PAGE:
Thoughts Aren’t Real

There’s a quote that’s falsely attributed to Buddha— it sounds like a provocative statement but contains within it a bunch of problems I’d like to address: “We are what we think. All that we are arises with our thoughts. With our thoughts we make the world.”

This isn’t an inherently Buddhist sentiment. In the realm of Zen specifically, these words are pretty much the antithesis of the meditative mindset. But why?

The belief that thoughts make the world is a comfortable idea. All you need to do to change yourself or the world is change your thoughts, right? Wrong. Such a basic mindset is of course a lofty delusion but the world simply does not work this way. You can pretend the mirage is real but that’s only going to detract from your quality of reality. While proper thought and ‘right mind’ contribute to a mindful life, thoughts often also get in the way. Many of your most important decisions aren’t made by consciously thinking but instead by intuition.

People seem to think that rationality comes from thoughts. The truth of the matter is that rationality and balance come from nature. Humans are natural creatures. Our processes mimic those of the world. You wouldn’t pretend to be able to time travel or teleport; these are contrary to what is allowed by nature, despite being fun human-centric fantasies. Why fight nature in the realm of day to day reality, then? Our self-aware thinking often clouds our intuitive organic rationality. The meditative mind cultivates this innate sense of balance and rightness. The more thought conditioning you subject yourself to, the further away you get from the real.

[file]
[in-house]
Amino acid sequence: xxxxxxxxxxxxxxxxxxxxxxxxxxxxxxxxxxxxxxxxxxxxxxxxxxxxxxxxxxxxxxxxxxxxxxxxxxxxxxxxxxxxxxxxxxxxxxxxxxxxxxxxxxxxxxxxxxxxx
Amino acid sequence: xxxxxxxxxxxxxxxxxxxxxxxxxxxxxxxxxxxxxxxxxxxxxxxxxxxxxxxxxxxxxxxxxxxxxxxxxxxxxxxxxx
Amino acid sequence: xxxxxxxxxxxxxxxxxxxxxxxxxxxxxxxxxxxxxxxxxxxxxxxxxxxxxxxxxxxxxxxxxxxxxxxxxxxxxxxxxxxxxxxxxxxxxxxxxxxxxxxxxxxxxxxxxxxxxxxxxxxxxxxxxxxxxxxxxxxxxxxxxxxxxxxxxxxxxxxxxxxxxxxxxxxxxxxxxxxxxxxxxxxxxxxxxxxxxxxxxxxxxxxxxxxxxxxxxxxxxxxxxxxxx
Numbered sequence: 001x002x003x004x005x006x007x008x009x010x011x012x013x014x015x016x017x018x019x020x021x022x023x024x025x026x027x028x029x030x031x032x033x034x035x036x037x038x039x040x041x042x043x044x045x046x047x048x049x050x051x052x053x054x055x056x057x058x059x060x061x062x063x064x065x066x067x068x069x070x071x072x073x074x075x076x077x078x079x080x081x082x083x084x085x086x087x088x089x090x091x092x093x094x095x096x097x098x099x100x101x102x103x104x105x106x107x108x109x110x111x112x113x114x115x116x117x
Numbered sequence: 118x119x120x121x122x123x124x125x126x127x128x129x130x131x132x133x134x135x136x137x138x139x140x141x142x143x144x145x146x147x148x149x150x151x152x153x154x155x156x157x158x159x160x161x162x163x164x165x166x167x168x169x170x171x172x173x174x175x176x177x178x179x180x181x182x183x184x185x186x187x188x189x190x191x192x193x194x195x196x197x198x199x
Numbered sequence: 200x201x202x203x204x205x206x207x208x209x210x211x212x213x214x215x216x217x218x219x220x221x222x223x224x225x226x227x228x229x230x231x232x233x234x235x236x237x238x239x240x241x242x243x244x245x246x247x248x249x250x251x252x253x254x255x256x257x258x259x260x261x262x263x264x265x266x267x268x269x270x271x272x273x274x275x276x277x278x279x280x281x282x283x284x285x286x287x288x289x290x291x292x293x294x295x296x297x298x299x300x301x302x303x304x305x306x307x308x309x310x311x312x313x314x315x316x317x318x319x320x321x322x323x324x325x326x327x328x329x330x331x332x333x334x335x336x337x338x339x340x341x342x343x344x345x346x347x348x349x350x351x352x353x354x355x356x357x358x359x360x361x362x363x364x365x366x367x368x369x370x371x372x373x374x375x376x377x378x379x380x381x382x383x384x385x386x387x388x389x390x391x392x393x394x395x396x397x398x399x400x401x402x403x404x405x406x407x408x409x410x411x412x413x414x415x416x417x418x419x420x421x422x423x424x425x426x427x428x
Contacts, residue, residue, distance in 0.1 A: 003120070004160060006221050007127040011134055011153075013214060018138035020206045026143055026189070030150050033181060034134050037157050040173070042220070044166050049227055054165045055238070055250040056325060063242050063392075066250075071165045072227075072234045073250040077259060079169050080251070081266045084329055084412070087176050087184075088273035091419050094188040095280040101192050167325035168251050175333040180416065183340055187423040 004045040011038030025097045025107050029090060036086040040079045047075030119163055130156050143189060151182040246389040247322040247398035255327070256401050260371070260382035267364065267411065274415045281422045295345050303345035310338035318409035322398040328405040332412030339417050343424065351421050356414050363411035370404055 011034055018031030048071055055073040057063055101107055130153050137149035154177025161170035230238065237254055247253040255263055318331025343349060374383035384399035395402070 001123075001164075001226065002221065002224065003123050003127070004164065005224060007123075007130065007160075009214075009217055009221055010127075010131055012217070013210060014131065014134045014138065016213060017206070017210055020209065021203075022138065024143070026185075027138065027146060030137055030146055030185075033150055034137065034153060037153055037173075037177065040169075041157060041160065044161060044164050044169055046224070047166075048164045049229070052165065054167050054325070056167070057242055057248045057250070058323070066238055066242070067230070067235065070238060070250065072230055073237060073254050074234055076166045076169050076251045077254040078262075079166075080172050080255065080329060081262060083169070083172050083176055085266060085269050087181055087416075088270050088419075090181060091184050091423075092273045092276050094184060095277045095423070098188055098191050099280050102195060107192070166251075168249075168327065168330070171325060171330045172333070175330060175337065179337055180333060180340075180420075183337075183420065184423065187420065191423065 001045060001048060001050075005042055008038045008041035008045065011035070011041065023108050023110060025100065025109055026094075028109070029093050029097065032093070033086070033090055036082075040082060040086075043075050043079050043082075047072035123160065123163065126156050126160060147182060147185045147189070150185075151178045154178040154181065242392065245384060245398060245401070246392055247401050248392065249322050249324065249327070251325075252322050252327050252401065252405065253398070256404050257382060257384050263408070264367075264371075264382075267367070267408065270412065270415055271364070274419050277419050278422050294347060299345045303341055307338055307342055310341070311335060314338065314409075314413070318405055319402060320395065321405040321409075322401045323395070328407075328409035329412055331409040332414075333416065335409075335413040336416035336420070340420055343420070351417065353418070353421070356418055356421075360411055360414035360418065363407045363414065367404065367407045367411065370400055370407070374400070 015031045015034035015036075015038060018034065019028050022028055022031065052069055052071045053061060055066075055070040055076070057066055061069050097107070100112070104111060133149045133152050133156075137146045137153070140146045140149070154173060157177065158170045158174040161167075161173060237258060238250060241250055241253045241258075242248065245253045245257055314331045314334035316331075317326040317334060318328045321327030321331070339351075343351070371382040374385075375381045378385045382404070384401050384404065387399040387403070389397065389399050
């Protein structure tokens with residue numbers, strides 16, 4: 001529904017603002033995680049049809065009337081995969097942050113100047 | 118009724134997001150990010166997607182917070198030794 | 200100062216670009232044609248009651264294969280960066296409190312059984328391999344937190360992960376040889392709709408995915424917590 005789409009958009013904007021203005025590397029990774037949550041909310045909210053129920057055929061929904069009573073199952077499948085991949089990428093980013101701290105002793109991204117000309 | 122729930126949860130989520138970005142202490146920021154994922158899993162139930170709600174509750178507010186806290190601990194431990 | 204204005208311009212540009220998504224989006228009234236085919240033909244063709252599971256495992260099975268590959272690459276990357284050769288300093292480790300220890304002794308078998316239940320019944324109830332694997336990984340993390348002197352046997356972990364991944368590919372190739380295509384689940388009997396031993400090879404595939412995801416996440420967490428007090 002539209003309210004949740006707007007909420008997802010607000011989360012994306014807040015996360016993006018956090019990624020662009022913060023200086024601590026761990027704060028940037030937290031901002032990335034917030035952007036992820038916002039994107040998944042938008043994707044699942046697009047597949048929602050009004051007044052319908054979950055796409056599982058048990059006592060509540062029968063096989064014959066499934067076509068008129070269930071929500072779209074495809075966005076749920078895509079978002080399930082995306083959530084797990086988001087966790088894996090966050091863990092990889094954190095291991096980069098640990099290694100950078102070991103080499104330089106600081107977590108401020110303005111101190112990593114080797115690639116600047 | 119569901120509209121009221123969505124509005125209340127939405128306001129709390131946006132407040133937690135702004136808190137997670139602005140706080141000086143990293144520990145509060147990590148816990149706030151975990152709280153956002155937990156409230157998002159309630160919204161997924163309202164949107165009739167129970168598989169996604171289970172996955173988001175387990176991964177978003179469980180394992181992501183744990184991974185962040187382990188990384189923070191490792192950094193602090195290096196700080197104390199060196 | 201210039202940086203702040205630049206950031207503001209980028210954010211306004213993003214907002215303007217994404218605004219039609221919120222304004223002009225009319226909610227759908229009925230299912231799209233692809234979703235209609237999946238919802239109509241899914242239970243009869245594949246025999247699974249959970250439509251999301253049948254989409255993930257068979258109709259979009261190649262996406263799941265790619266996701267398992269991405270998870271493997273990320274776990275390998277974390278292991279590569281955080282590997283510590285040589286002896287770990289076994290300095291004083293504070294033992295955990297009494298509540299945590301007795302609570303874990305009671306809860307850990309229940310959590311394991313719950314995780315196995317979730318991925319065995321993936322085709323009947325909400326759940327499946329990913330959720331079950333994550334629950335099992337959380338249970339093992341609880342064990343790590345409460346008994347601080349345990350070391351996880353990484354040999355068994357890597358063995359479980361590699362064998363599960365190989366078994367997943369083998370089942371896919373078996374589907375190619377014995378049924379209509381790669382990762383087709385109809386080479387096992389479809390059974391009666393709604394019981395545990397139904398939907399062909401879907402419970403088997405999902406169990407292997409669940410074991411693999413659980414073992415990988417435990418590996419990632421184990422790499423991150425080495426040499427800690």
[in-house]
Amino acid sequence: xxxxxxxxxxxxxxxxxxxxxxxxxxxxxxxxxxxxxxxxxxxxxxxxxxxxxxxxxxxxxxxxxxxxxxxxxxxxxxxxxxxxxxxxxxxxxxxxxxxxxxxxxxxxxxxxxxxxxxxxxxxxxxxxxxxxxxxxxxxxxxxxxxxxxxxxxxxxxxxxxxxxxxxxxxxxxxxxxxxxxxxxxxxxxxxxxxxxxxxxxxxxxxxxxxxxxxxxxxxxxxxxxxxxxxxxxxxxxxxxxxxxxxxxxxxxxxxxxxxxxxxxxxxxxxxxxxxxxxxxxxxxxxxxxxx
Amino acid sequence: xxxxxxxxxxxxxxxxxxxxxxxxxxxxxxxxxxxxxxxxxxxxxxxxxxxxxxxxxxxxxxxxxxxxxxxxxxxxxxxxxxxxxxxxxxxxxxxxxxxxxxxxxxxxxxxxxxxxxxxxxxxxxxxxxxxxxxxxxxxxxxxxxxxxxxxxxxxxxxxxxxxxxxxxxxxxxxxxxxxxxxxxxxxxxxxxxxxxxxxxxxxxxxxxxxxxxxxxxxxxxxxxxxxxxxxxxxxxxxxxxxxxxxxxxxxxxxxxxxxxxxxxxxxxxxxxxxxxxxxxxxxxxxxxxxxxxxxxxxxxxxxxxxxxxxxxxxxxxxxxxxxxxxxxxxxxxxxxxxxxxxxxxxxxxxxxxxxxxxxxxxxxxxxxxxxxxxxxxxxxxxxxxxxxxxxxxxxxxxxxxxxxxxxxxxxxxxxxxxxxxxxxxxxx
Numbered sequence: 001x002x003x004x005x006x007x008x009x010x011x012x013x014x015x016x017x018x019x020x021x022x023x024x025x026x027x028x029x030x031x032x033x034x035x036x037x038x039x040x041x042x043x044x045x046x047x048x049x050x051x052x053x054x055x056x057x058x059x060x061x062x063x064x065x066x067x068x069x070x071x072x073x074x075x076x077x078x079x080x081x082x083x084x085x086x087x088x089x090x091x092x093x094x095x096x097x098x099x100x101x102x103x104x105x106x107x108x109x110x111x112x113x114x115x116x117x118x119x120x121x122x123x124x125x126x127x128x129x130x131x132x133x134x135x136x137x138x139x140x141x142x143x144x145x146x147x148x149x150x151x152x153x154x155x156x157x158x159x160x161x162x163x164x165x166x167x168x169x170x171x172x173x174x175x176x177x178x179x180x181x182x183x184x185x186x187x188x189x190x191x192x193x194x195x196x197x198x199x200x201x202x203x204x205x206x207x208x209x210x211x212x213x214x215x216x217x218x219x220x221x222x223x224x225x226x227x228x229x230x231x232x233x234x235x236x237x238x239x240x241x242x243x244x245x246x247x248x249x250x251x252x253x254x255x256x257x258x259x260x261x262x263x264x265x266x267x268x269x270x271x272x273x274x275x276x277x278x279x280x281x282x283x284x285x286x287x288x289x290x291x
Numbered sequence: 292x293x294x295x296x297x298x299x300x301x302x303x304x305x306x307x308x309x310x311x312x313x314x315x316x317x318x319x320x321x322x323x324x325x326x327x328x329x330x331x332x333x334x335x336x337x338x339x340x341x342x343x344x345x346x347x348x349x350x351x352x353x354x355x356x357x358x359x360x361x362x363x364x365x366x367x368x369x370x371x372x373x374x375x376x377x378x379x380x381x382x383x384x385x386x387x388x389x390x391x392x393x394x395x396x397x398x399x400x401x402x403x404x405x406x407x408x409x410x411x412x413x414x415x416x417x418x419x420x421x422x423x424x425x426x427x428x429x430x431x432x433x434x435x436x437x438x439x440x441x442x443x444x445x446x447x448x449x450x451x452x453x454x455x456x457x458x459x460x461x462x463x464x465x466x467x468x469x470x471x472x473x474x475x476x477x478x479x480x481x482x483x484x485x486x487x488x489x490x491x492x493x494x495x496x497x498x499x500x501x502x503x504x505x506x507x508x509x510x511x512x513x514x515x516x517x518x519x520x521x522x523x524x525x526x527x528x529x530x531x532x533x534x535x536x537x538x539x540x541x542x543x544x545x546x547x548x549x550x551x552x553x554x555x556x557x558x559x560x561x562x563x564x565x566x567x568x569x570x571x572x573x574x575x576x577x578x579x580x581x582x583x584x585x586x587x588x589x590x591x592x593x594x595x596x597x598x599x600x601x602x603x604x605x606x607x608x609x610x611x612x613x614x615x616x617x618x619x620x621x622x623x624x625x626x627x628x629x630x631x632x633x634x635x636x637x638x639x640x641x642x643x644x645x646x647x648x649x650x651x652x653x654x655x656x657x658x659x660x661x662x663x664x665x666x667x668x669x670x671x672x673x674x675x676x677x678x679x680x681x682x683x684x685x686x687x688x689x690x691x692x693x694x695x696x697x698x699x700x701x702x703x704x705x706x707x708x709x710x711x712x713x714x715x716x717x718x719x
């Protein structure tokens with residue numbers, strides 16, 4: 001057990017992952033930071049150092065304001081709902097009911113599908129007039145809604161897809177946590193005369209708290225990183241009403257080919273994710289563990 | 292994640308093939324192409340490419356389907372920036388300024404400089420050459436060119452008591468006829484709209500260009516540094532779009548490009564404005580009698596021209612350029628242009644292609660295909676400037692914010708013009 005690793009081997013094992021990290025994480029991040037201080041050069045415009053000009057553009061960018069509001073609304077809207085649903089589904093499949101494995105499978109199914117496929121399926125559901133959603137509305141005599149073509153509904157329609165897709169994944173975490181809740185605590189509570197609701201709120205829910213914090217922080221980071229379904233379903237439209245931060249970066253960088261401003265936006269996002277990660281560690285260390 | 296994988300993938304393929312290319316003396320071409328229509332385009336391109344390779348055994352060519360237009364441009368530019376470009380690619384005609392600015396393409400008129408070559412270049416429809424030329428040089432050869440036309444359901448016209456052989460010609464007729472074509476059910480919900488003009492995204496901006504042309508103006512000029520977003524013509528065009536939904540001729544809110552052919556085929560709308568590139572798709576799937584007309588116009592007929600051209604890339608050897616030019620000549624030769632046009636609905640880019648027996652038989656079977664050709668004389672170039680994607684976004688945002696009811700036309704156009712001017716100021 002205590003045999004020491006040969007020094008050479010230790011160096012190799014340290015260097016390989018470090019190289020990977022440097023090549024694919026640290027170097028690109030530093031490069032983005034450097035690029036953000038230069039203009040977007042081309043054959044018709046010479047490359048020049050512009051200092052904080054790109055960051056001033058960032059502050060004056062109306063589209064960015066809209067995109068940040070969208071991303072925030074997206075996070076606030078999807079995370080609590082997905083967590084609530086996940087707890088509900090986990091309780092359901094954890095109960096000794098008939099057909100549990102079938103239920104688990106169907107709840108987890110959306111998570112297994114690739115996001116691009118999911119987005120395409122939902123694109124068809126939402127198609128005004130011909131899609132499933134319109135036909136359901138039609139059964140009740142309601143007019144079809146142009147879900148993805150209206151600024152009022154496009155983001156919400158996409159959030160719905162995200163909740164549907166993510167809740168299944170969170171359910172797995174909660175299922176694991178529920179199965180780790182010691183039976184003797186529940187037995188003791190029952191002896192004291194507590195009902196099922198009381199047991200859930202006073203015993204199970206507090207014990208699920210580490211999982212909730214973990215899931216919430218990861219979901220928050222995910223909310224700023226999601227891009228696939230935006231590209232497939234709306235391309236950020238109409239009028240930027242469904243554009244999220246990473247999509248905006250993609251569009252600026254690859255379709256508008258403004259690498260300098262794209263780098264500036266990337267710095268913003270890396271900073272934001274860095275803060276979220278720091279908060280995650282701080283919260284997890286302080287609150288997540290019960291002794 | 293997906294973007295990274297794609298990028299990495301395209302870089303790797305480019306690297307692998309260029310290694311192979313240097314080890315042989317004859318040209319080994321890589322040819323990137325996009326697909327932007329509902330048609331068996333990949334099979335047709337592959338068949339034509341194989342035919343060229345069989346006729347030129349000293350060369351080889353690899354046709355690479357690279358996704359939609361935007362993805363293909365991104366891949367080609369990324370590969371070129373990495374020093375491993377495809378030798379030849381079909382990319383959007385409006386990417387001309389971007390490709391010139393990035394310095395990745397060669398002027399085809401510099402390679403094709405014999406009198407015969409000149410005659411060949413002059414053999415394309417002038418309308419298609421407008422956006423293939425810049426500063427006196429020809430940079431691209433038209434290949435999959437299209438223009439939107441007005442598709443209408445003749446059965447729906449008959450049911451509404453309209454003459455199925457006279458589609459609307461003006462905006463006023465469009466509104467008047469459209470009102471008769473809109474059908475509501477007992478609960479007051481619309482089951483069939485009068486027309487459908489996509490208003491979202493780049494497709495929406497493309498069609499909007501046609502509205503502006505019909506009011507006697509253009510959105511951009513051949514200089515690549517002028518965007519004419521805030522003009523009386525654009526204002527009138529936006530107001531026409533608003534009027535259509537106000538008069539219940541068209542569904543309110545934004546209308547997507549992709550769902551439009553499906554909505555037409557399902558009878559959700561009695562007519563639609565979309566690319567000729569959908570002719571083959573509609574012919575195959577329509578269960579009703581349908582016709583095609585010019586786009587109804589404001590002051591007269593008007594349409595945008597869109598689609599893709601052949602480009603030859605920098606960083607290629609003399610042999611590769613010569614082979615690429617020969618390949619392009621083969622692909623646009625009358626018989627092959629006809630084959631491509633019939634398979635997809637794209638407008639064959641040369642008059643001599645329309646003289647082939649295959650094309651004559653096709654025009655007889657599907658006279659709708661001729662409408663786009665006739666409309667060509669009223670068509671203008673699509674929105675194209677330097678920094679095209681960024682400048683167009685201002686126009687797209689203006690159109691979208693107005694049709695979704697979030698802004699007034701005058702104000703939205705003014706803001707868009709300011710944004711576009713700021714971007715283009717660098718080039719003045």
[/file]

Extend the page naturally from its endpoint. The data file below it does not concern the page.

The real lesson is that thoughts are rarely your friend. Thoughts may point you to wisdom, but true understanding only comes when we transcend concepts altogether. These moments of awareness are beyond language. People of all eras and epochs have reported making crucial creative, professional and historical decisions during these periods of lucidity.

The problem with most modern culture / culture in general is that it trains us to be deeply solipsistic. People think that they have complete control over who they are, what they think, and what they do. We have very little control, in fact. The thoughts that you hold most dear and are least willing to bring into question are often the most delusional thoughts of all. Those thoughts which please us most as fantasizing humans trying to deny ourselves are often the least conducive to a meaningful reality.

That’s the unfortunate but liberating truth of the matter— we’re still at the behest of natural forces and the great mysterious universal balance. When we consciously work against this balance, we fight against life and nature. The result is constant chaos and misery. When we work humbly with the inhuman immensity and acknowledge natural truths, even if they are uncomfortable and contra-human, we reach a place of higher understanding.

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